Unsolicited Advice on Reviewing a Season

An athlete has just finished up a big season of training, racing, and travelling to events. They are now taking an off-season break (we hope!). They are freshening up and ready to jump, head first, into preparation for the next year’s big objectives, everything is possible! Time to leave last year in the rear view mirror, right? No!

So much can be learned from a good review of a past season. In that review, coaches and athletes, together, can always find lessons to apply to the next season.  It could be how an athlete responded to certain training sessions, nerves the evening before a race, race day nutrition, and so on and so on. The information revealed in reflection almost always outweighs the information we thought we had going in. The saying “20/20 Hindsight” rings pretty true.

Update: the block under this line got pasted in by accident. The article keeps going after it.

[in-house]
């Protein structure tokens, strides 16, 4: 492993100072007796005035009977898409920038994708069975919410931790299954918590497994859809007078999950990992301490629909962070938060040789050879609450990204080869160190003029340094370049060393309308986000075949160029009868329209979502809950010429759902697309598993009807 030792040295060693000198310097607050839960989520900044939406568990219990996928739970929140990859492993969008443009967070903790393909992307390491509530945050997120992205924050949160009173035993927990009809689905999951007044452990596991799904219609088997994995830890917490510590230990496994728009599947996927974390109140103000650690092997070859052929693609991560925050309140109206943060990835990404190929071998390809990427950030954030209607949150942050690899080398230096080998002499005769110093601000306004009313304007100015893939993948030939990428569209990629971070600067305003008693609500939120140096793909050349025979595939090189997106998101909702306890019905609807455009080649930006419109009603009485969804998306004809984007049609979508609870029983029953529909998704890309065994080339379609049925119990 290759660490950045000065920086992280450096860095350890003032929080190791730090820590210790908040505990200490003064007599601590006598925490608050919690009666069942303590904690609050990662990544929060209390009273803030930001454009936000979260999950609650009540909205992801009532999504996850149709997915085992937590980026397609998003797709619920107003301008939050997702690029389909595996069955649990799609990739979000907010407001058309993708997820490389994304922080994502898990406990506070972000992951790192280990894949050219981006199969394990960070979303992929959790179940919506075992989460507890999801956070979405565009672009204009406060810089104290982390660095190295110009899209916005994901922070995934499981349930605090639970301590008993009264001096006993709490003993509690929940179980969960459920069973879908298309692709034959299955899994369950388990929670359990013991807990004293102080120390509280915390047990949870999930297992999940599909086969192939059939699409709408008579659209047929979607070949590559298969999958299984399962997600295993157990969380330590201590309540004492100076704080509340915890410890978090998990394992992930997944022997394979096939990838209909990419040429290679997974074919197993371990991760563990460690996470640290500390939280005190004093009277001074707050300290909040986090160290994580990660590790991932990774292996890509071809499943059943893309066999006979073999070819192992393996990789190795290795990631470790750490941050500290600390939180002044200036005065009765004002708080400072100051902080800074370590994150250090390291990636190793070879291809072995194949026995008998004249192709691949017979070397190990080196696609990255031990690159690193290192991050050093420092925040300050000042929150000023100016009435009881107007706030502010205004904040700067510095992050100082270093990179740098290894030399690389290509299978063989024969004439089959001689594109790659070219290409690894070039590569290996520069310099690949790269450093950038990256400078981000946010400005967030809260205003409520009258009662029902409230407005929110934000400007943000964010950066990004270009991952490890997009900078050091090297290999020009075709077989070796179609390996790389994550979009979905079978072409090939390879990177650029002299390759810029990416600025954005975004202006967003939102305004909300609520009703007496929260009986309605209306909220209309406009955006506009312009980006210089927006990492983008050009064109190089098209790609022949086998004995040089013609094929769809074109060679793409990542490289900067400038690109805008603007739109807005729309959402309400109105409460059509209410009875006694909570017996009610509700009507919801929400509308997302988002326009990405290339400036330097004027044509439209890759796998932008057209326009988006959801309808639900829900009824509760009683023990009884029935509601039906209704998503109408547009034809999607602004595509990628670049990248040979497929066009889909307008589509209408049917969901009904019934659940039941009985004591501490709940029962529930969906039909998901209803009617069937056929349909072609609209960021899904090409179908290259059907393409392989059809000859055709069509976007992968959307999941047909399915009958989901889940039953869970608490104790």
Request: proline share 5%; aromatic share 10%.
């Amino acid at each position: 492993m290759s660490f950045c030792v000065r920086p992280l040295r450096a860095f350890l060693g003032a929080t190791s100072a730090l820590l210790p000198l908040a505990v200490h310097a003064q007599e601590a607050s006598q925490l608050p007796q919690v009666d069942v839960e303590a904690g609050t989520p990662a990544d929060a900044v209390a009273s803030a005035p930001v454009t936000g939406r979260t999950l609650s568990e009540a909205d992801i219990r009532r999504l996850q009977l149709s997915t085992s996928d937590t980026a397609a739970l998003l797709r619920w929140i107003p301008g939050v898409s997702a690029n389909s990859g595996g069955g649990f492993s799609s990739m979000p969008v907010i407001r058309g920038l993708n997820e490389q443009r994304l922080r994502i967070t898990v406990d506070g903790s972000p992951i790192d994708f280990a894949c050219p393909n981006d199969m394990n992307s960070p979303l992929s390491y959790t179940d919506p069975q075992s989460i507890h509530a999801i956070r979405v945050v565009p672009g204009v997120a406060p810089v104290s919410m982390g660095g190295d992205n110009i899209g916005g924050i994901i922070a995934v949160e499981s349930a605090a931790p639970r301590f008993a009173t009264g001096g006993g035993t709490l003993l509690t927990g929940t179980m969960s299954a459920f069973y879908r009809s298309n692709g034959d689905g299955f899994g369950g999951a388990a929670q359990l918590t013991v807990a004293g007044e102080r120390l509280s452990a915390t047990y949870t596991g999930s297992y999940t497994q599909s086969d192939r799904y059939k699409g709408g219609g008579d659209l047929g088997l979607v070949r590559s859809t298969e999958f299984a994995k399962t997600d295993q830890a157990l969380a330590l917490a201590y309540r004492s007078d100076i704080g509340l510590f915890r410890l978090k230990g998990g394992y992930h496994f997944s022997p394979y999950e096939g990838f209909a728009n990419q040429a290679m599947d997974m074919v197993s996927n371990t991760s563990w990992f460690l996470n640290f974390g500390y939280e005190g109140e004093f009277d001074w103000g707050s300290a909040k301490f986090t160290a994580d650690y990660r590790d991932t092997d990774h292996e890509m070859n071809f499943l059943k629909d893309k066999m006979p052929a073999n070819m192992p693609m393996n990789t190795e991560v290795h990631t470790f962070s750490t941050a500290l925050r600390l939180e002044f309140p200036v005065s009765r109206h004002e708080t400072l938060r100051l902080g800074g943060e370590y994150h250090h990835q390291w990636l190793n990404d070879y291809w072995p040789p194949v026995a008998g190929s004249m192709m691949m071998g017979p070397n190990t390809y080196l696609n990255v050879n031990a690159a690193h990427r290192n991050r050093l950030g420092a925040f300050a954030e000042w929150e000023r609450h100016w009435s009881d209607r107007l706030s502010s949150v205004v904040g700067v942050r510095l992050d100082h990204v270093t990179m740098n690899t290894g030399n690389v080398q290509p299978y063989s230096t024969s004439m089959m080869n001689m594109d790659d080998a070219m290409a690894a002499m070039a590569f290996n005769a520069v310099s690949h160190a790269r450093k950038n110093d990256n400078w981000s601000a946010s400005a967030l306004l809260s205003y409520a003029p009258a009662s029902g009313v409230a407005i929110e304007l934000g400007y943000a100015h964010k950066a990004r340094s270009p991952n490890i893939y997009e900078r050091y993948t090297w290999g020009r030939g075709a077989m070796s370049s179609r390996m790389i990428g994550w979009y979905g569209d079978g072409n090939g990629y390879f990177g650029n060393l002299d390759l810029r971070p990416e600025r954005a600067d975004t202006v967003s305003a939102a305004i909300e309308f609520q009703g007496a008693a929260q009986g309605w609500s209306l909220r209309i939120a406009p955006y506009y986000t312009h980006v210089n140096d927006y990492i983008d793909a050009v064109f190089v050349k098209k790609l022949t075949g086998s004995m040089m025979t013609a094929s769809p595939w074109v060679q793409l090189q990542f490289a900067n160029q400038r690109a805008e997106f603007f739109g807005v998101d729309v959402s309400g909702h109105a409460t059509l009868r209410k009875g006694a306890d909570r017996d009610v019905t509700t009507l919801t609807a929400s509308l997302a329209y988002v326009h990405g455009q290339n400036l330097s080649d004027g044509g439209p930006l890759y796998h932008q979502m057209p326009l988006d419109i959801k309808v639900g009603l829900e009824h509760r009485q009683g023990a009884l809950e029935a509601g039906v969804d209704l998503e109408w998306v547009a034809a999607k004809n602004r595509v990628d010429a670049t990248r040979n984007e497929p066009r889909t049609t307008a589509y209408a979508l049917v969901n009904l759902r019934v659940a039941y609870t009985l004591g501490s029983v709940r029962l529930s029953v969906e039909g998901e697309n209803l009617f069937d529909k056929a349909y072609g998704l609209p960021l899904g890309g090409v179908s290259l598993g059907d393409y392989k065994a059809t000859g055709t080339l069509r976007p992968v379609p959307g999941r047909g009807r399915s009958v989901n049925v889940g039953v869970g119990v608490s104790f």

OK, so we have sold you on review (wow, you’re an easy sell!), what is the first step? We believe there are two, equally important, aspects in reviewing a season. The first component, in a good review, is the qualitative, or subjective, component. Often this is where the coach can learn the most, from the athlete. For us, the qualitative component of a typical season review involves asking our athletes a series of questions. What the exact questions are is less important, than the questions being asked. In the day and age of data that we live in, it is easy to get blinded by numbers.  However, at the end of the day, every athlete is unique, and every athlete knows what he or she is feeling, better than a number can portray. The goal is to create a dialogue, where a season is examined, from the subjective sense. Here are some questions we have found to be a useful spring board, for this dialogue: